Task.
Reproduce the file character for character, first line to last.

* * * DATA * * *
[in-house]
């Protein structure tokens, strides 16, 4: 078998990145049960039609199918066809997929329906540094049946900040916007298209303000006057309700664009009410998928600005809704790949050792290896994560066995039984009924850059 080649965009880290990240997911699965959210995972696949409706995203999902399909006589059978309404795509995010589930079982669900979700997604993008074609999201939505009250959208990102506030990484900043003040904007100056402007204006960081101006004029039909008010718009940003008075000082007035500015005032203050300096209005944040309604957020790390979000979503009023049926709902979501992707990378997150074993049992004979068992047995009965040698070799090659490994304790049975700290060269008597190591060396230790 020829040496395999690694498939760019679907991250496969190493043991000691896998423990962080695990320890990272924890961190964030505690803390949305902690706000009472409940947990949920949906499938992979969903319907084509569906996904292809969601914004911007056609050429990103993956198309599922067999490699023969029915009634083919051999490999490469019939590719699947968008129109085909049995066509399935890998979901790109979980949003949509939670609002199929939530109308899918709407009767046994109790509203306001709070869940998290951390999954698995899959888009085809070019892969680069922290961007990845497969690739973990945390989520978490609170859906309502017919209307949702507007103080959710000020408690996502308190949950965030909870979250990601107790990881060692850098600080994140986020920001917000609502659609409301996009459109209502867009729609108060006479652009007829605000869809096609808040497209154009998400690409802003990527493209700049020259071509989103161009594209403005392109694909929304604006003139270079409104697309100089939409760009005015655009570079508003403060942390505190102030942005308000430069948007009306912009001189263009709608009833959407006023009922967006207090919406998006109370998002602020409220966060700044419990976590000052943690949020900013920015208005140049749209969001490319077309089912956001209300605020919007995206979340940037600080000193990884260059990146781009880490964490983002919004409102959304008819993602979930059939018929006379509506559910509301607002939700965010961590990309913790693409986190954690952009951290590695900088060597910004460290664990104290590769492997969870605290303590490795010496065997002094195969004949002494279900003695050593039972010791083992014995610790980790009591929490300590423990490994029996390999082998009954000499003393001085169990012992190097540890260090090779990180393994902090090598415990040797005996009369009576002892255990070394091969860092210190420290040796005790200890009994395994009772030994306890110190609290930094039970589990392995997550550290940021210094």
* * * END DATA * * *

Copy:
[in-house]
């Protein structure tokens, strides 16, 4: 078998990145049960039609199918066809997929329906540094049946900040916007298209303000006057309700664009009410998928600005809704790949050792290896994560066995039984009924850059 080649965009880290990240997911699965959210995972696949409706995203999902399909006589059978309404795509995010589930079982669900979700997604993008074609999201939505009250959208990102506030990484900043003040904007100056402007204006960081101006004029039909008010718009940003008075000082007035500015005032203050300096209005944040309604957020790390979000979503009023049926709902979501992707990378997150074993049992004979068992047995009965040698070799090659490994304790049975700290060269008597190591060396230790 020829040496395999690694498939760019679907991250496969190493043991000691896998423990962080695990320890990272924890961190964030505690803390949305902690706000009472409940947990949920949906499938992979969903319907084509569906996904292809969601914004911007056609050429990103993956198309599922067999490699023969029915009634083919051999490999490469019939590719699947968008129109085909049995066509399935890998979901790109979980949003949509939670609002199929939530109308899918709407009767046994109790509203306001709070869940998290951390999954698995899959888009085809070019892969680069922290961007990845497969690739973990945390989520978490609170859906309502017919209307949702507007103080959710000020408690996502308190949950965030909870979250990601107790990881060692850098600080994140986020920001917000609502659609409301996009459109209502867009729609108060006479652009007829605000869809096609808040497209154009998400690409802003990527493209700049020259071509989103161009594209403005392109694909929304604006003139270079409104697309100089939409760009005015655009570079508003403060942390505190102030942005308000430069948007009306912009001189263009709608009833959407006023009922967006207090919406998006109370998002602020409220966060700044419990976590000052943690949020900013920015208005140049749209969001490319077309089912956001209300605020919007995206979340940037600080000193990884260059990146781009880490964490983002919004409102959304008819993602979930059939018929006379509506559910509301607002939700965010961590990309913790693409986190954690952009951290590695900088060597910004460290664990104290590769492997969870605290303590490795010496065997002094195969004949002494279900003695050593039972010791083992014995610790980790009591929490300590423990490994029996390999082998009954000499003393001085169990012992190097540890260090090779990180393994902090090598415990040797005996009369009576002892255990070394091969860092210190420290040796005790200890009994395994009772030994306890110190609290930094039970589990392995997550550290940021210094």